If you’ve ever wondered what Paul Johnson with no more fucks to give would look like, here you go.
I’ll leave the rest of the catty comments to y’all. 😉
Looks like the Big 12 will be the Bigger 12 next year.
Where does that leave Texas and Oklahoma in the departure department? Beats me.
So, a question for you.
As a Georgia fan, which gives you more pleasure, the first 7:30 of the 2017 game or the last 2:30 of the first half of the 2021 game?
Hey, it’s May and Pete Fiutak projects records:
Thoughts and observations:
As a follow up to the previous post, you know who’s in a really good position to take advantage of the NIL market in recruiting?
You’ve got a program that’s consistently either the most profitable or in the top two or three in the country in that regard run by a head coach with a business degree who knows how to recruit. Of course Georgia’s in a great position to take advantage of the situation.
Across the U.S. college sports landscape, from the heartland of Texas to the shores of Florida and hills of Tennessee, high-level boosters are privately or publicly using name, image and likeness deals to bankroll their teams, attempting to outbid one another for talent and creating a new arms race in college sports.
College football’s biggest donors have orchestrated business ventures that are distributing five-, six- and seven-figure payments to athletes under the guise of endorsement opportunities and appearance fees. They are also pooling millions of their dollars in creating exclusive, high-priced clubs—“collectives”—to retain current players, entice high school prospects or poach athletes from other programs.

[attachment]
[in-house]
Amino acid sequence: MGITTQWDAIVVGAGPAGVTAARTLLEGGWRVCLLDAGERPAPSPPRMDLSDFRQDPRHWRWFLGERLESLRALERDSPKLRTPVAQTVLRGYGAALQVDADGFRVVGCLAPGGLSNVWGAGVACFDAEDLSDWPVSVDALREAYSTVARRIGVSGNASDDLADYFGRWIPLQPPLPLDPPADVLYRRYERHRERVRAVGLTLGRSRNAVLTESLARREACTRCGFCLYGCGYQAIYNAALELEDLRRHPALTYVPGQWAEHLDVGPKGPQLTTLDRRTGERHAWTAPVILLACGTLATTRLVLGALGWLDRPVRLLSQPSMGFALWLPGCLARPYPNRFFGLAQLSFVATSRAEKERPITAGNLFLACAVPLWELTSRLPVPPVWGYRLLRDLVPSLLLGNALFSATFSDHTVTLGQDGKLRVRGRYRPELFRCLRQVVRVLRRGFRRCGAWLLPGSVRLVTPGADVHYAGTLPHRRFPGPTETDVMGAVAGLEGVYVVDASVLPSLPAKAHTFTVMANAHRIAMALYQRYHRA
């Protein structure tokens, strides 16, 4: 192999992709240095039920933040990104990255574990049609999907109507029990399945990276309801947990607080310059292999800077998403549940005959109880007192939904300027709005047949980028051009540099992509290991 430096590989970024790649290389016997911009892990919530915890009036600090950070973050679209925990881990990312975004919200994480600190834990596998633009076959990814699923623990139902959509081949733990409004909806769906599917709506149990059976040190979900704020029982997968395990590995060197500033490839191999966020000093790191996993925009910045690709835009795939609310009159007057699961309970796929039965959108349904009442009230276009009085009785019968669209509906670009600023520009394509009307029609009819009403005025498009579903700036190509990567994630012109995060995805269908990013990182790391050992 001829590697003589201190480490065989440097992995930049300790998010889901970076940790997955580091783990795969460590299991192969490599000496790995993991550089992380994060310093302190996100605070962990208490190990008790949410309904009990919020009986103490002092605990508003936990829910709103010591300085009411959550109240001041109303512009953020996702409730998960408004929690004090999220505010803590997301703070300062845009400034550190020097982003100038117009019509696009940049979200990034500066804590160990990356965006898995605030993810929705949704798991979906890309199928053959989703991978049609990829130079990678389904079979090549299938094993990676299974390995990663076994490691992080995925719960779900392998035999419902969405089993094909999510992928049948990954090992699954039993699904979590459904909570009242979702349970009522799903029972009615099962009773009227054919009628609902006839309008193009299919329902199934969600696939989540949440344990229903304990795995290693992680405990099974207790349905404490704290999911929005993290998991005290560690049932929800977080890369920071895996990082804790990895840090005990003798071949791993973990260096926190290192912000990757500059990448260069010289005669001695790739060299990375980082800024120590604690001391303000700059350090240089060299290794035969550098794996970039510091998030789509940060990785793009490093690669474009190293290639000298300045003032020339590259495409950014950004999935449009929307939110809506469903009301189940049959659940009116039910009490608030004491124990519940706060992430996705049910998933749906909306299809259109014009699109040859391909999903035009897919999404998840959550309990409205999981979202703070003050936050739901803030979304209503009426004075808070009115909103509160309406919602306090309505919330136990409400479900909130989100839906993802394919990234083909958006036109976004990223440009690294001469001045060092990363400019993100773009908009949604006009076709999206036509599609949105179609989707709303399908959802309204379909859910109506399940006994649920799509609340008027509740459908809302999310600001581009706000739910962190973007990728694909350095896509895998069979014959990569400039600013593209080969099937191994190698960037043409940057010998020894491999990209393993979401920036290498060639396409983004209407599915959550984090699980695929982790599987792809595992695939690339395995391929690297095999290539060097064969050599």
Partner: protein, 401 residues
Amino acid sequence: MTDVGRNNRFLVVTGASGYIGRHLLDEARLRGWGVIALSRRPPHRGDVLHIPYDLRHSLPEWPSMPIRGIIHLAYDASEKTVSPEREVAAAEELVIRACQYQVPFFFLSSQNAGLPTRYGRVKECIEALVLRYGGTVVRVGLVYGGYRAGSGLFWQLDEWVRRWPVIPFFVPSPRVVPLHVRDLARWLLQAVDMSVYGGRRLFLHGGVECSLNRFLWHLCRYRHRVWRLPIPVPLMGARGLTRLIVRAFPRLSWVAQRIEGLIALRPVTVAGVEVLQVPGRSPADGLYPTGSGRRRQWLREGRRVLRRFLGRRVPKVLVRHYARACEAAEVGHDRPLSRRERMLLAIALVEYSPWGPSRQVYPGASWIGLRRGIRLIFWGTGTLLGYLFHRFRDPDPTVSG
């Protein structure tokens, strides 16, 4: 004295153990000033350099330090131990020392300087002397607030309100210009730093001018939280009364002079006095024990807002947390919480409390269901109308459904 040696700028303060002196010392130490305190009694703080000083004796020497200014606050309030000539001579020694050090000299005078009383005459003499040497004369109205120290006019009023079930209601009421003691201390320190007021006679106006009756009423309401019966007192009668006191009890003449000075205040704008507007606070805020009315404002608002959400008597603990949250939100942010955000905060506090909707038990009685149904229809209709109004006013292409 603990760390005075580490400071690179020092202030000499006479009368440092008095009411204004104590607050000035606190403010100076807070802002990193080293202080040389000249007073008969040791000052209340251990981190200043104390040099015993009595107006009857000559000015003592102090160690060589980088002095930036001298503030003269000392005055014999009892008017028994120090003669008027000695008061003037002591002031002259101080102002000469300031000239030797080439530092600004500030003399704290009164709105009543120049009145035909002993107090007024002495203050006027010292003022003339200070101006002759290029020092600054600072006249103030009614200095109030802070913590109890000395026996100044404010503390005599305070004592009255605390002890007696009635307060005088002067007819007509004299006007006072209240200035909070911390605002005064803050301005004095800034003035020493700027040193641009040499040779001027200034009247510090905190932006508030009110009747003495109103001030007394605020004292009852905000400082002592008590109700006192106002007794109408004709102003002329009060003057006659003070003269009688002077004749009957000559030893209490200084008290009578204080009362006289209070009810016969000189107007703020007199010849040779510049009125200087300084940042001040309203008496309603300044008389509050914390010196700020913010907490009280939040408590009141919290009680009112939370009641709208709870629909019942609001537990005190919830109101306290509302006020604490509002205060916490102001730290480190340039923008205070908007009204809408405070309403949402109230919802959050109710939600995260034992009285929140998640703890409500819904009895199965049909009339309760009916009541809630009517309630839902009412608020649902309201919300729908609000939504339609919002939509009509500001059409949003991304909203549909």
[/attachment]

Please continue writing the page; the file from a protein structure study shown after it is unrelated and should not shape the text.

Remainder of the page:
These savvy and wealthy business people are skirting vague NCAA guidelines that govern athlete compensation, many protected by their own state laws, with legislation in some areas being rewritten to further empower such behavior. And in this new era of emerging athletes’ rights under a toothless NCAA, they don’t fear repercussions and flaunt their coups. They are seen by many as saviors of their programs.
If there’s one thing that really surprises me about the new landscape, it’s how passive head coaches, surely among the world’s greatest control freaks, have been about letting boosters run rampant. I mean, sure, lip service will be paid like this…
“In the past, certain teams haven’t done it the ethically right way,” Hathcock says. “Now with NIL, we’re going to play the game. It’s legal. We’ll listen to what the coach tells us to do. I just raise the money for them to use.”
… but if a well-monied bunch wants to go off on their own, I don’t see anyone out there who’s able to do much of anything about that. At least not at the moment. But this seems to be a plausible way around that:
Experts tell SI that they believe collectives will soon professionalize, hiring big-time agencies to manage their operation. For instance, Belzer says he receives at least three calls from schools each week wanting to start up a collective but don’t know how. The same goes for staff at Opendorse.
“They want to know what it’s going to take,” says Braly Keller, an NIL specialist at Opendorse and a former NIL coordinator at Nebraska.